Drexel-Queen Lane land use committee addresses congested parking concerns

In room A-2, a sense of cooperation abounded.

On Thursday evening, a dozen representatives of college and community attended a land-use planning meeting at Drexel University College of Medicine in East Falls.

The purpose of the session, held at Drexel’s Queen Lane Medical Campus, was to present the findings of the Drexel-Queen Lane (D-QL) Land Use Working Group for public review.

The D-QL Working Group is one of three land use planning committees established by the East Falls Community Council [EFCC].

Their conclusions – along with those of the Philadelphia University and William Penn Charter School groups – will be submitted to the Philadelphia City Planning Commission for inclusion in its comprehensive plan, entitled Citywide Vision: Philadelphia 2035.

An aesthetically-pleasing campus

Roger Marsh, EFCC officer and Chair of the Drexel-Queen Lane Working Group, presided.

His group’s study began with a stroll.

“It was a real education for me – walking around campus,” said Marsh, and proceeded to speak highly of what he observed at the 14-acre site.

He complimented the preservation of the main building and the appealing landscape of the grounds, and noted the unobtrusive nature of the college’s signage.

“We looked at them, and they’re not so bad – we don’t want LED’s like Channel 6 or PCOM,” he said, referring to a pair of conspicuous displays located on City Line Avenue.

Marsh observed that the college – bordered on three sides by SEPTA rail beds and Water Department property – has little visual impact on the community.

“It looks nice the way it is and we’d like to keep it that way,” he concluded.

No plans for ‘large-scale’ expansion  

Representing Drexel University was Joseph Ungaro, Assistant Vice President of Health Sciences Campus Operations.

Responding to a question about pending expansions at the College of Medicine, Ungaro said that ‘it’s all driven by enrollment.”

While Ungaro confirmed that there are no plans at present for what he termed as a “large-scale” expansion, he said that such developments will be dictated by the changing needs of students and faculty.

“In five to ten years, who knows where the industry will go,” said Ungaro.

An opportunity to relieve parking issues 

The meeting continued with a discussion about the relationship between the school and the community.

Marsh began with praise for the students.

When compared to other student bodies represented in East Falls, “the consensus is that Drexel students are much more conscientious,” said Marsh.

“They’re too busy to party,” he suggested.

However, in a situation similar to that of many neighborhoods that share borders with Philadelphia colleges and universities, student parking in residential streets continues to be a vexing issue.

In regard to the Drexel-Queen Lane Land Use plan, Marsh referenced parking as being “the only substantial concern,” and joked that residents have been known to characterize it as being “not horrible.”

Michael Moulton, East Falls resident and member of the Penn Charter working group, suggested exploring alternate means of student transportation, such as ride-sharing.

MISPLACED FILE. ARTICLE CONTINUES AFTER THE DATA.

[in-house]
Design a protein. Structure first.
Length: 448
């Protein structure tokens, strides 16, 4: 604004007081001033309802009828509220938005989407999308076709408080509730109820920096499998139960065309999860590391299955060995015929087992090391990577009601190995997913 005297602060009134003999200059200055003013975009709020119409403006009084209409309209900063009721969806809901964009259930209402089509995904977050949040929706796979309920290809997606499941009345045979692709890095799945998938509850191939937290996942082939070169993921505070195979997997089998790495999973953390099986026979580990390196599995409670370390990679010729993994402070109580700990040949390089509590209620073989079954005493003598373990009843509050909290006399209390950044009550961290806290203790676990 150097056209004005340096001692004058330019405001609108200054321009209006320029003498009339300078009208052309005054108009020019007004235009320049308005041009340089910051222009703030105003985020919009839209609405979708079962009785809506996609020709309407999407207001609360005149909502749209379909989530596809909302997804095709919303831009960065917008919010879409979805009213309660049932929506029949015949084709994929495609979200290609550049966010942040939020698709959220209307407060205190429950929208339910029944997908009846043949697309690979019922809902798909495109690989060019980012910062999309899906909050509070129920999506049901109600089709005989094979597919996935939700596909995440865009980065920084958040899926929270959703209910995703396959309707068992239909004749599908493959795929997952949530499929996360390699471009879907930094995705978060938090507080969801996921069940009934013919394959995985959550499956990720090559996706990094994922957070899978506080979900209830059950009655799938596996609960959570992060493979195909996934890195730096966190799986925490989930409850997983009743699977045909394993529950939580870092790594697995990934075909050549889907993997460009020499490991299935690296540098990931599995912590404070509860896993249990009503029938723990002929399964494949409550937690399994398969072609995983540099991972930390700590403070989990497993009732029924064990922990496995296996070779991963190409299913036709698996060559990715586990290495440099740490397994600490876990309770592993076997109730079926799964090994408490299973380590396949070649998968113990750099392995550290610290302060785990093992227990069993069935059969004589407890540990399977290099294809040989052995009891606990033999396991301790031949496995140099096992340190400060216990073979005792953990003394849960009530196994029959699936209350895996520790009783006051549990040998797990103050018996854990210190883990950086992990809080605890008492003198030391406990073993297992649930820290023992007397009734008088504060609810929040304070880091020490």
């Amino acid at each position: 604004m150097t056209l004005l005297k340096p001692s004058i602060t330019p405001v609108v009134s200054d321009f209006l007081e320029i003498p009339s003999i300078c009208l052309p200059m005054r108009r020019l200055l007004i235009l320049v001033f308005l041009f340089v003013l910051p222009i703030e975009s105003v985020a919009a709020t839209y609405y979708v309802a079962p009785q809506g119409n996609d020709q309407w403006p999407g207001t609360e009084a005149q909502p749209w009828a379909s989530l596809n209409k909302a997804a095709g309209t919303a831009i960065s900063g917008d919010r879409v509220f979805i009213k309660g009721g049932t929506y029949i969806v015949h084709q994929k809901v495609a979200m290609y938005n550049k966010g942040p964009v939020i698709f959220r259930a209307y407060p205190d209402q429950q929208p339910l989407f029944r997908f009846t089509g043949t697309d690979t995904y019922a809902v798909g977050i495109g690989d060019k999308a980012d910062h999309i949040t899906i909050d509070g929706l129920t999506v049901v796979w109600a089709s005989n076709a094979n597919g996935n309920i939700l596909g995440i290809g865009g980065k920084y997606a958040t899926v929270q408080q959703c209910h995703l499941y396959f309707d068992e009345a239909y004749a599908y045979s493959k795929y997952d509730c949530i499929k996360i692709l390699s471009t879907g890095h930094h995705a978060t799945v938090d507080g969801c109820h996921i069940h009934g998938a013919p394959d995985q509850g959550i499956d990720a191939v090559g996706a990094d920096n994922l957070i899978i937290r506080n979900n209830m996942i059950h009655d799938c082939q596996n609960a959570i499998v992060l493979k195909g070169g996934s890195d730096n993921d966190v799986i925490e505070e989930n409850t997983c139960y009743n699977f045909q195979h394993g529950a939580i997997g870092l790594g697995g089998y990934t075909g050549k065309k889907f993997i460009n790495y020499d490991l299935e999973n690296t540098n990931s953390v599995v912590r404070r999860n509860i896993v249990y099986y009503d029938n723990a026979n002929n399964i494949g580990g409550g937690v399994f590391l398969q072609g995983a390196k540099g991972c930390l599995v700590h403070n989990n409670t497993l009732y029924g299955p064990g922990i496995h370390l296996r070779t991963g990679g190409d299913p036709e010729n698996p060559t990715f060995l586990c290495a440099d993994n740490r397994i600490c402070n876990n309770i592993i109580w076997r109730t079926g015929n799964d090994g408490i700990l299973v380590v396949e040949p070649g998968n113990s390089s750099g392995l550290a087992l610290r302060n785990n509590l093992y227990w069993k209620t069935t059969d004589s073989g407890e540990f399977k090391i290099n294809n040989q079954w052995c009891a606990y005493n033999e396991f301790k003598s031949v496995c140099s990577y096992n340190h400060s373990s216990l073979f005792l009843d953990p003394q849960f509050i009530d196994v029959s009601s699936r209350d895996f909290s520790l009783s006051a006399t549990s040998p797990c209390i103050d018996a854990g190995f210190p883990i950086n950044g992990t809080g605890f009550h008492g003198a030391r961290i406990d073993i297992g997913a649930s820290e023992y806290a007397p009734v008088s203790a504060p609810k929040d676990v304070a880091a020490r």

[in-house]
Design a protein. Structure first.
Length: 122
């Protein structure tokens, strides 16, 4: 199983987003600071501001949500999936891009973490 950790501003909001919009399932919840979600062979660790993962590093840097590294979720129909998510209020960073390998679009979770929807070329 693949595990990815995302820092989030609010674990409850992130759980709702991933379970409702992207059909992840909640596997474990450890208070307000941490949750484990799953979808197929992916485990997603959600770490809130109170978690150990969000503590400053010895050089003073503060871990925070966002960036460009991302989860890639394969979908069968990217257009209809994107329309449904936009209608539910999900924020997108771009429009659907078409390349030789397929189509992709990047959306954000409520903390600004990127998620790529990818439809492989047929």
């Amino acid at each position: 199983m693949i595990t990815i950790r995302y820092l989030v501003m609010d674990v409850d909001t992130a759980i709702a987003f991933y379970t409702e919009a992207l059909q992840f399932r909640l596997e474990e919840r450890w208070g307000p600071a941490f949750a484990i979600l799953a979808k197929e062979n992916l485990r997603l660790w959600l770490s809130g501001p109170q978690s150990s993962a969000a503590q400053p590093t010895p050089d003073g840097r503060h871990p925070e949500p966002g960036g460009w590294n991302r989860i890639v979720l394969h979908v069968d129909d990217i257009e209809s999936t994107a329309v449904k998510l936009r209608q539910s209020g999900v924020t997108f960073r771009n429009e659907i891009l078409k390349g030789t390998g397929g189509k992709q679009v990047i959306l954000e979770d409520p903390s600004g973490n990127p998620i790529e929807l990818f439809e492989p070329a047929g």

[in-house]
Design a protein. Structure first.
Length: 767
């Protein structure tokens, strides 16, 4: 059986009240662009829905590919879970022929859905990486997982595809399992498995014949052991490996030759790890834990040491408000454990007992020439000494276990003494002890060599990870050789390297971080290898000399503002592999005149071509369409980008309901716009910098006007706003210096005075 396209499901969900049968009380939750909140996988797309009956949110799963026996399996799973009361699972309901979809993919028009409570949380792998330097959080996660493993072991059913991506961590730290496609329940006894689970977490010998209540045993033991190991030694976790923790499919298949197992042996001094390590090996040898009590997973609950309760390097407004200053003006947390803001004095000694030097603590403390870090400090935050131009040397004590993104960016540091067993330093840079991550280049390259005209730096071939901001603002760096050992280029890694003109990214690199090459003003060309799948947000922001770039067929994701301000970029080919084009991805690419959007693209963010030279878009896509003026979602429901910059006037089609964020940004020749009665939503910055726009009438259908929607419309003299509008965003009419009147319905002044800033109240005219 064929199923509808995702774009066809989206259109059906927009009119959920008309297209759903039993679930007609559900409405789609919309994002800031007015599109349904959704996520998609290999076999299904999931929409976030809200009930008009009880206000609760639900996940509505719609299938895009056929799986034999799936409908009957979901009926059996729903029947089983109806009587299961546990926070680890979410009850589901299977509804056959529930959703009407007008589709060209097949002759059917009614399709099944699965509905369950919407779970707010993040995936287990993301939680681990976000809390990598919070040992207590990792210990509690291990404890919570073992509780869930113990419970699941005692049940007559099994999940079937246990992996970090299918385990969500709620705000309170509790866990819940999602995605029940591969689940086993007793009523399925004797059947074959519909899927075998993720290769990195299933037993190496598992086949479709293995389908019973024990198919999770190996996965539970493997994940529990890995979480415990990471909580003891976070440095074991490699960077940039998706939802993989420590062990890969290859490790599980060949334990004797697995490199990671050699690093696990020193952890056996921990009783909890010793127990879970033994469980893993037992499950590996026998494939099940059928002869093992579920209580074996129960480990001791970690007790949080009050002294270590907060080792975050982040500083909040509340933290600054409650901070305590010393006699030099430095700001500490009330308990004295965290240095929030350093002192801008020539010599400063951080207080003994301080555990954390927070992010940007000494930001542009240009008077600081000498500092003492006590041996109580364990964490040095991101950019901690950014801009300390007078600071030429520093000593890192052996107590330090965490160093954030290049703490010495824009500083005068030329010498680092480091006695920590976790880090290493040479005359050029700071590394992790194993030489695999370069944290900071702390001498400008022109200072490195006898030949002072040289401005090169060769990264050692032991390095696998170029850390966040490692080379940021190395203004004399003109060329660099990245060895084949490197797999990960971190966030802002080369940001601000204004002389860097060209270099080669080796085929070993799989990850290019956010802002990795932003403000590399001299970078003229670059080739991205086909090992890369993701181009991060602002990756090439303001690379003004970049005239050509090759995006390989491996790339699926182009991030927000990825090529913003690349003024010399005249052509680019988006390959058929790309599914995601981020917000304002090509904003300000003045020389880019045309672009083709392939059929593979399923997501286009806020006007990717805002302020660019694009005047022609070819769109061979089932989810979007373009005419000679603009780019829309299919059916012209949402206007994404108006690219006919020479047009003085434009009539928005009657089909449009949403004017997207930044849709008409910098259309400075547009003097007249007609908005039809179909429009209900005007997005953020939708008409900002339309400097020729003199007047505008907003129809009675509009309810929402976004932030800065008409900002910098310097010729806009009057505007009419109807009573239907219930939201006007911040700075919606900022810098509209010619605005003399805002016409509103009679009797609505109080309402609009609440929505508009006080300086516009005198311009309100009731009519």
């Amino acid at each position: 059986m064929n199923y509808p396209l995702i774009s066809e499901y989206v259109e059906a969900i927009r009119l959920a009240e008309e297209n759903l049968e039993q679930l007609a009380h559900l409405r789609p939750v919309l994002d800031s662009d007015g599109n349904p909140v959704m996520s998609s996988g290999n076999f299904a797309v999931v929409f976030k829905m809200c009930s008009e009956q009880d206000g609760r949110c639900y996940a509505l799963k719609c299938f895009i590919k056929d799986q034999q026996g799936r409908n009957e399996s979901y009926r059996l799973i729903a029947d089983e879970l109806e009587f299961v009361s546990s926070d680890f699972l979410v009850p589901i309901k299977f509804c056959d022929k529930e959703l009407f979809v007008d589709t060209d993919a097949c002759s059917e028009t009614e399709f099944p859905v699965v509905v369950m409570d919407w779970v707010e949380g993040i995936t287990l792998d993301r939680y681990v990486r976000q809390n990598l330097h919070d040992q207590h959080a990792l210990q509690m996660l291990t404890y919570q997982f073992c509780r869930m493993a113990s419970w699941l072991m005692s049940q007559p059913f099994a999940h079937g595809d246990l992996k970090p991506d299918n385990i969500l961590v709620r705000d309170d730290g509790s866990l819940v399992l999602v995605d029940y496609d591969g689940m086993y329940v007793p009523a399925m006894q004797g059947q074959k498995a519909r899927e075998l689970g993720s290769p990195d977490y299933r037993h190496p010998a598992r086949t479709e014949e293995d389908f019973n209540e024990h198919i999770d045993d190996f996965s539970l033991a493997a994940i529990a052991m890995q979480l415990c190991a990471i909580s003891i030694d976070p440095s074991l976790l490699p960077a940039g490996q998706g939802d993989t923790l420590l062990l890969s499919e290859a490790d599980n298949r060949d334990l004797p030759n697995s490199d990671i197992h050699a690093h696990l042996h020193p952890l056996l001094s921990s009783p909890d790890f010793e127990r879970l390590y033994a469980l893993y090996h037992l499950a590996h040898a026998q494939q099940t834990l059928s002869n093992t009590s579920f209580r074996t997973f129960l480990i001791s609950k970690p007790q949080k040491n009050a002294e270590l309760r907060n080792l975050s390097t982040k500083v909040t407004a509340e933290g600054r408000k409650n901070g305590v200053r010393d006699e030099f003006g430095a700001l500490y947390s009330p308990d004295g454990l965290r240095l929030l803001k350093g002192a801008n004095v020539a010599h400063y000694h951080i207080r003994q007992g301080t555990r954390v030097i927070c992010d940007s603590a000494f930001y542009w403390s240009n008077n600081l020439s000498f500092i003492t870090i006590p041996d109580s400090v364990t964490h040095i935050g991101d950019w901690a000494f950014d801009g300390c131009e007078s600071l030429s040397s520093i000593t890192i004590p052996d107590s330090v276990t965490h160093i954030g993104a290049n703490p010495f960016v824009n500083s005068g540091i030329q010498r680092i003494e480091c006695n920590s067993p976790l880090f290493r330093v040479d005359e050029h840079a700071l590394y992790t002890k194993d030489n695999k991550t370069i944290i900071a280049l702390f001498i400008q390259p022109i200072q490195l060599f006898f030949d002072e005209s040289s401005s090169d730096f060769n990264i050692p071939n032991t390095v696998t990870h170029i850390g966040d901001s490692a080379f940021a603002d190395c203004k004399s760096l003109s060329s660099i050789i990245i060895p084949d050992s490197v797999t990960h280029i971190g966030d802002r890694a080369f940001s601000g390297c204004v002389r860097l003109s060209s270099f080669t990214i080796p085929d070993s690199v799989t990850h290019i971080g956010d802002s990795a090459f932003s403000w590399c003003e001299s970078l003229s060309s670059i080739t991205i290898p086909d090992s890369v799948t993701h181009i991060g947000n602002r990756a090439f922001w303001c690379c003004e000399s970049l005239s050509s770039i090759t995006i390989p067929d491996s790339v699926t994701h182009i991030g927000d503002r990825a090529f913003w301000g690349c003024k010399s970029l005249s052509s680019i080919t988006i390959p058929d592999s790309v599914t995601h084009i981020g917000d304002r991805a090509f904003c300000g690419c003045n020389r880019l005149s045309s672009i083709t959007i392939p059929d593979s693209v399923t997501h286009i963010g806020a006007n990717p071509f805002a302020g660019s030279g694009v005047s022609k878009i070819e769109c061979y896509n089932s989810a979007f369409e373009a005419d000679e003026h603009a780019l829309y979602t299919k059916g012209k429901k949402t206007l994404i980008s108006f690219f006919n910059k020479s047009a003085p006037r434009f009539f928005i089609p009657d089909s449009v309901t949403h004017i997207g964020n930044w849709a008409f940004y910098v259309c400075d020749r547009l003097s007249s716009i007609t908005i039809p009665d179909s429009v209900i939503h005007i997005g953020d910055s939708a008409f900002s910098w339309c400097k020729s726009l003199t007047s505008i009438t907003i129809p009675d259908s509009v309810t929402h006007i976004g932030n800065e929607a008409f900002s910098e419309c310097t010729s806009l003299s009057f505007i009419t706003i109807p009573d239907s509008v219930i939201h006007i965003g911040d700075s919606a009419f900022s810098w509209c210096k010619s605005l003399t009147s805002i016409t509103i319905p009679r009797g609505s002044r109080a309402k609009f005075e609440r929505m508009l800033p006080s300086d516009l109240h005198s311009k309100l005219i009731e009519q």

While he conceded that “you can’t make people ride-share,” he proposed that schools provide resources to facilitate its implementation.

And, with school administrations now recognizing the negative impact that overflow-parking causes, Moulton added that, along with residents, “institutions want less cars.”

In reply, Ungaro said Drexel has a mechanism in place to combat this situation – shuttle buses that run from a Center City pick-up point to the Queen Lane campus and back.

“The morning shuttles (from Center City) are our most crowded,” he offered.

Some in attendance asked why shuttles to either the East Falls or the Queen Lane SEPTA rail stations – the latter of which is immediately off-campus – couldn’t be instituted to further discourage drivers.

Ungaro said it was a matter of liability.

“Any place where we make people wait, we’re liable,” said Ungaro, adding that at those two stops, “we can’t protect them.”

Addressing public safety on site 

In addition to student well-being, the issue of public safety and maintenance in the area between the Queen Lane SEPTA station and the college campus was raised.

George Jones, whose family has lived on Queen Lane since 1971, recently returned to East Falls after a seven-year exodus in Drexel Hill.

While he praised the College of Medicine for its relationship with the community – “everything is being handled beautifully,” he said – he noted that the corner lot between the college and the SEPTA stop has become wildly overgrown.

Jones said the space “went from being a beautifully lit dell to being a dumping zone,” and that he has had to resort to calling the police to chase away people that he’s witnessed dumping illegally.

He concluded with a succinct appraisal – “The walk to the train has become dangerous.”

Both Marsh and Ungaro, speaking for their respective entities, were quick to offer responses.

Ungaro suggested that the lot probably belonged to SEPTA, and that documentary evidence such as a photograph could begin the process of assigning ownership and addressing clean-up.

Marsh added that, “once we define the boundaries, we can begin harassing SEPTA.”

It was in this spirit of cooperative enterprise that he adjourned the meeting.

“We want to work with Drexel,” said Marsh. “We’re not going to tell them what to do.”

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